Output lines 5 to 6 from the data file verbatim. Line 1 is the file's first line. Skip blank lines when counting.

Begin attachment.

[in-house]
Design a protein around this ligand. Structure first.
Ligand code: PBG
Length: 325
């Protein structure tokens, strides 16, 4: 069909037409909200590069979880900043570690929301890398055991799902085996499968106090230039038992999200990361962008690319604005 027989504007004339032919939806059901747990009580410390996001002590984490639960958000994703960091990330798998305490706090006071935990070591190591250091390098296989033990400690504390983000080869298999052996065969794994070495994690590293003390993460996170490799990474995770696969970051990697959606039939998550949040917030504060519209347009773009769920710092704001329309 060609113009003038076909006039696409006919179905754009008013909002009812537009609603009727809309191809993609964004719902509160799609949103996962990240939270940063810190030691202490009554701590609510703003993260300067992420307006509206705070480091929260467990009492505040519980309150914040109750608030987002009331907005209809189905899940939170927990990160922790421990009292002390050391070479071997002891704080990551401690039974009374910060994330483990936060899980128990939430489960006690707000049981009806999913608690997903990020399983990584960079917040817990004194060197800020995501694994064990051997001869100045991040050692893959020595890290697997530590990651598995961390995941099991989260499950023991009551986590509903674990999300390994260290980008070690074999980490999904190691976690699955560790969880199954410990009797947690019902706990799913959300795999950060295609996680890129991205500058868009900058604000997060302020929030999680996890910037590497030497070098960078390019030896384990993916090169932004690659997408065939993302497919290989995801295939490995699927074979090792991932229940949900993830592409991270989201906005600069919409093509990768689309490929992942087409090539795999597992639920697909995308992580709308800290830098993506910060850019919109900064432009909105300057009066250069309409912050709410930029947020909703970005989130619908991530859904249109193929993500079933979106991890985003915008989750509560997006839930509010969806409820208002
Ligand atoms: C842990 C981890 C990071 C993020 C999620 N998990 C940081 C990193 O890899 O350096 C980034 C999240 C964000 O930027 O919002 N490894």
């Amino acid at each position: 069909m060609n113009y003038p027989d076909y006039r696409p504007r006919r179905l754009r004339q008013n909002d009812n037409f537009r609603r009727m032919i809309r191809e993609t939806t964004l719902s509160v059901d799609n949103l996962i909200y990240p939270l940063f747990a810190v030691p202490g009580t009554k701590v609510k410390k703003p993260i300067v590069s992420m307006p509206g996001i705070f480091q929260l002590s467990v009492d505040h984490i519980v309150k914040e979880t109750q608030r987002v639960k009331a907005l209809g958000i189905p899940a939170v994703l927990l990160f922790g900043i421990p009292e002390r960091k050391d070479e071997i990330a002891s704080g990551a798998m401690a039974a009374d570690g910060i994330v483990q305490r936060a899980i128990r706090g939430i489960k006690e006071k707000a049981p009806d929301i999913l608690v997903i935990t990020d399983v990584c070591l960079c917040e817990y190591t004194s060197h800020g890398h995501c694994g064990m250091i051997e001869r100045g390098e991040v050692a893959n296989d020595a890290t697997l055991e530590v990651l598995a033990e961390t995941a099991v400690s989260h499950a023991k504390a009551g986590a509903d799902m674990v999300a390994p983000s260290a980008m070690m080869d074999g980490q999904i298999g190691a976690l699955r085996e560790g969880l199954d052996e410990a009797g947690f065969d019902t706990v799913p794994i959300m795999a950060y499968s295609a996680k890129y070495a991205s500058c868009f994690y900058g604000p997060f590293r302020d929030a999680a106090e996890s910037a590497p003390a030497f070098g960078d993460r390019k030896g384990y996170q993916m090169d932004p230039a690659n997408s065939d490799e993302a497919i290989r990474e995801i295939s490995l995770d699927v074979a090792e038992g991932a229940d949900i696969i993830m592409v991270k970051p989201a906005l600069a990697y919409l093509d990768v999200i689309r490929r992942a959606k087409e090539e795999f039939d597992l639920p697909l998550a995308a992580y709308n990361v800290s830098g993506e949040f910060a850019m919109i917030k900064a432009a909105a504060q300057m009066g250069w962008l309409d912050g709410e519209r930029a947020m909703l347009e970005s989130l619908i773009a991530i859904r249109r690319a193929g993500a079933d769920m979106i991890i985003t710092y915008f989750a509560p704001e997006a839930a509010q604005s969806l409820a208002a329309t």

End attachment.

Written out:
């Protein structure tokens, strides 16, 4: 069909037409909200590069979880900043570690929301890398055991799902085996499968106090230039038992999200990361962008690319604005 027989504007004339032919939806059901747990009580410390996001002590984490639960958000994703960091990330798998305490706090006071935990070591190591250091390098296989033990400690504390983000080869298999052996065969794994070495994690590293003390993460996170490799990474995770696969970051990697959606039939998550949040917030504060519209347009773009769920710092704001329309 060609113009003038076909006039696409006919179905754009008013909002009812537009609603009727809309191809993609964004719902509160799609949103996962990240939270940063810190030691202490009554701590609510703003993260300067992420307006509206705070480091929260467990009492505040519980309150914040109750608030987002009331907005209809189905899940939170927990990160922790421990009292002390050391070479071997002891704080990551401690039974009374910060994330483990936060899980128990939430489960006690707000049981009806999913608690997903990020399983990584960079917040817990004194060197800020995501694994064990051997001869100045991040050692893959020595890290697997530590990651598995961390995941099991989260499950023991009551986590509903674990999300390994260290980008070690074999980490999904190691976690699955560790969880199954410990009797947690019902706990799913959300795999950060295609996680890129991205500058868009900058604000997060302020929030999680996890910037590497030497070098960078390019030896384990993916090169932004690659997408065939993302497919290989995801295939490995699927074979090792991932229940949900993830592409991270989201906005600069919409093509990768689309490929992942087409090539795999597992639920697909995308992580709308800290830098993506910060850019919109900064432009909105300057009066250069309409912050709410930029947020909703970005989130619908991530859904249109193929993500079933979106991890985003915008989750509560997006839930509010969806409820208002
Ligand atoms: C842990 C981890 C990071 C993020 C999620 N998990 C940081 C990193 O890899 O350096 C980034 C999240 C964000 O930027 O919002 N490894």